With Jay Cutler at quarterback, he will be able to make the throws that Kyle Orton could not.  And, if you put a few extra passes into the hands of Devin Hester, in the open field, more points will be put on the board, guaranteed. 

The only issue is that Devin Hester is not a No. 1 wide receiver in the NFL.  At least he shouldn't be.  I would have liked to have seen the Bears get a No. 1 receiver and slide Hester to the slot, but they did not go after one. 

There were talks that they did ask about Anquan Boldin, and about Braylon Edwards, but the asking price was too high for both.  My belief is that Anquan Boldin was never truly on the block, and I'm not sure what Cleveland would have asked for in return, seeing as how we didn't have a first round pick, and that is what I heard they wanted most. 

If Juaquin Iglesias can come out of camp in good shape, and learn the routes of an outside receiver, I believe Jay Cutler can have enough tools to make a big difference in the Bears offense.  

They already have the run game in Matt Forte to open up the passing game, so all they need is a middle-of-the-road type WR corp, and they can put up points at a higher quantity, which is something the Bears struggled with last year.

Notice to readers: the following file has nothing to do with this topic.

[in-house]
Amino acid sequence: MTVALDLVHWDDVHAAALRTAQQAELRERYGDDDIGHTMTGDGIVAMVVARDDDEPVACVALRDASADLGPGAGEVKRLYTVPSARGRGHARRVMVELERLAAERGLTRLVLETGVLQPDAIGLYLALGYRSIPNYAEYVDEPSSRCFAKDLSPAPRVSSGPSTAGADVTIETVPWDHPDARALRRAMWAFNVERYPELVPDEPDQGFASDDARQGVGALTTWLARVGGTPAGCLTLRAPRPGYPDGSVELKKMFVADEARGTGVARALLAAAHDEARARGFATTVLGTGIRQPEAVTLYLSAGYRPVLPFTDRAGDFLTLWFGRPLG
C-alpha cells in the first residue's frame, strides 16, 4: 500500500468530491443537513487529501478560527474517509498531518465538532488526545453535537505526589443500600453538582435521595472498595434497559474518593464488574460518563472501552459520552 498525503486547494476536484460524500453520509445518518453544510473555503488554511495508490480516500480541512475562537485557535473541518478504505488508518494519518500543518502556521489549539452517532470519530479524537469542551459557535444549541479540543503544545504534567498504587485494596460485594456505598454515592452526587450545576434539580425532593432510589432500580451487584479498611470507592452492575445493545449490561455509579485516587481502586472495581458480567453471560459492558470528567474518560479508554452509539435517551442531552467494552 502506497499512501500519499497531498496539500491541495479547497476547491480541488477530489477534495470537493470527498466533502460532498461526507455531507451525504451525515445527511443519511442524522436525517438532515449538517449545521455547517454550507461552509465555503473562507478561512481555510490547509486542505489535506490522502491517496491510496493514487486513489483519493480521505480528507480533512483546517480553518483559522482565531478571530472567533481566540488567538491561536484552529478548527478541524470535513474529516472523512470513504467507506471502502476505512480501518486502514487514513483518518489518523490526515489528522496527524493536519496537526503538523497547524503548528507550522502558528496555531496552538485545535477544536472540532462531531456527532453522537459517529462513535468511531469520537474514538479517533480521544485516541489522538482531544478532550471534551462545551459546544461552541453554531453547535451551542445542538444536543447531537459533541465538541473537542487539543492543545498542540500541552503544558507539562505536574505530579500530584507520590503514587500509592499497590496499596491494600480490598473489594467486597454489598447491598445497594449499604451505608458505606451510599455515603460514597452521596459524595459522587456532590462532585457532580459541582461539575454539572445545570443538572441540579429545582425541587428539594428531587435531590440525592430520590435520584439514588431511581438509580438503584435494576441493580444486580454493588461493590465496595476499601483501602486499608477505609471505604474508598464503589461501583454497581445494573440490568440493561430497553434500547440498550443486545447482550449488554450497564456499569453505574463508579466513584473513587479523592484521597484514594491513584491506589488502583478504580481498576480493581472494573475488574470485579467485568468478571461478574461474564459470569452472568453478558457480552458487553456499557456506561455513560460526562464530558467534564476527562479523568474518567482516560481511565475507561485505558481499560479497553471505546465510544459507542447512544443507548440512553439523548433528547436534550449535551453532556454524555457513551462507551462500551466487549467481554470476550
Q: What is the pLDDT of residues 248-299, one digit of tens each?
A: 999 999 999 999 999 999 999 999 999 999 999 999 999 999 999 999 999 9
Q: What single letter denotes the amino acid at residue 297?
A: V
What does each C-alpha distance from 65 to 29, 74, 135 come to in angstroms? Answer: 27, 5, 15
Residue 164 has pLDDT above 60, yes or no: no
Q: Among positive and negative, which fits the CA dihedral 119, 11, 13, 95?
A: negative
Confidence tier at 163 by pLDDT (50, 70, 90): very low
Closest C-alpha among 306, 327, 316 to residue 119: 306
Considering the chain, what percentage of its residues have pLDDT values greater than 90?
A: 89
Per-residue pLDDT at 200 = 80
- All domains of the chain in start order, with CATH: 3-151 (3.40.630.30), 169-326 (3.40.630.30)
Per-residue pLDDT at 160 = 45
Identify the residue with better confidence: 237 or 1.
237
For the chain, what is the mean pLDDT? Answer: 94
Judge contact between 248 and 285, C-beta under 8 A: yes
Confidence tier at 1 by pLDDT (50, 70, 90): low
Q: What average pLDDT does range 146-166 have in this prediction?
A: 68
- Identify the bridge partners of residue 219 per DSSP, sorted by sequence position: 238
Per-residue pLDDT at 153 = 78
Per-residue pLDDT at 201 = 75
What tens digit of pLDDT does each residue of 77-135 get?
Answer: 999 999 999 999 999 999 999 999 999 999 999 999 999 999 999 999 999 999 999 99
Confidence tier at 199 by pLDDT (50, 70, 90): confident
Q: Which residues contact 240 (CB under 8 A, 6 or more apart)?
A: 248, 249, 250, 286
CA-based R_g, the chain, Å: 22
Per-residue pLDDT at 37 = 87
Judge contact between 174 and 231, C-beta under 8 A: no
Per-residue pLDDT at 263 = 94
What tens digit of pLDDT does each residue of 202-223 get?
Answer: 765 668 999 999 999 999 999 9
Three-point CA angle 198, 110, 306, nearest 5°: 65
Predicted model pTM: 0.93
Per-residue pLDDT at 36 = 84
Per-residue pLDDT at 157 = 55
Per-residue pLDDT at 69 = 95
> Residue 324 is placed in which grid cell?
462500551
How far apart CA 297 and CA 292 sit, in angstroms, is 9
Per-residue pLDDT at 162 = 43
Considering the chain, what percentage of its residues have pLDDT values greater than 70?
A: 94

The defense is another issue they have to address.  The line cannot get to the quarterback like they used to, Urlacher doesn't roam the middle like he once did, and the secondary is just troubled. 

The drafting of Jarron Gilbert, DJ Moore, Marcus Freeman, and Al Afalava shows that the Bears coaching staff understands this.  If they can get those guys to become good NFL players, the Bears defense will be feared like it once was just a few, short years ago.

In summation, the NFC North is not a weak division.  There are four solid teams in this division that can do some damage.  I do not think it will be long until one of these four teams starts dominating the league, and maybe winning some Super Bowls.  There is a lot of young talent in the division, and remember you heard it here first!

My prediction is that the Vikings win the division at 11-5 (losses to Packers, Ravens, Steelers, Bears, and Giants), followed by the Bears and Packers at 10-6, with the Bears owning the tiebreaker for the wild card due to two wins against the Packers.  And, coming in fourth, the Lions at 4-12, possibly 5-11.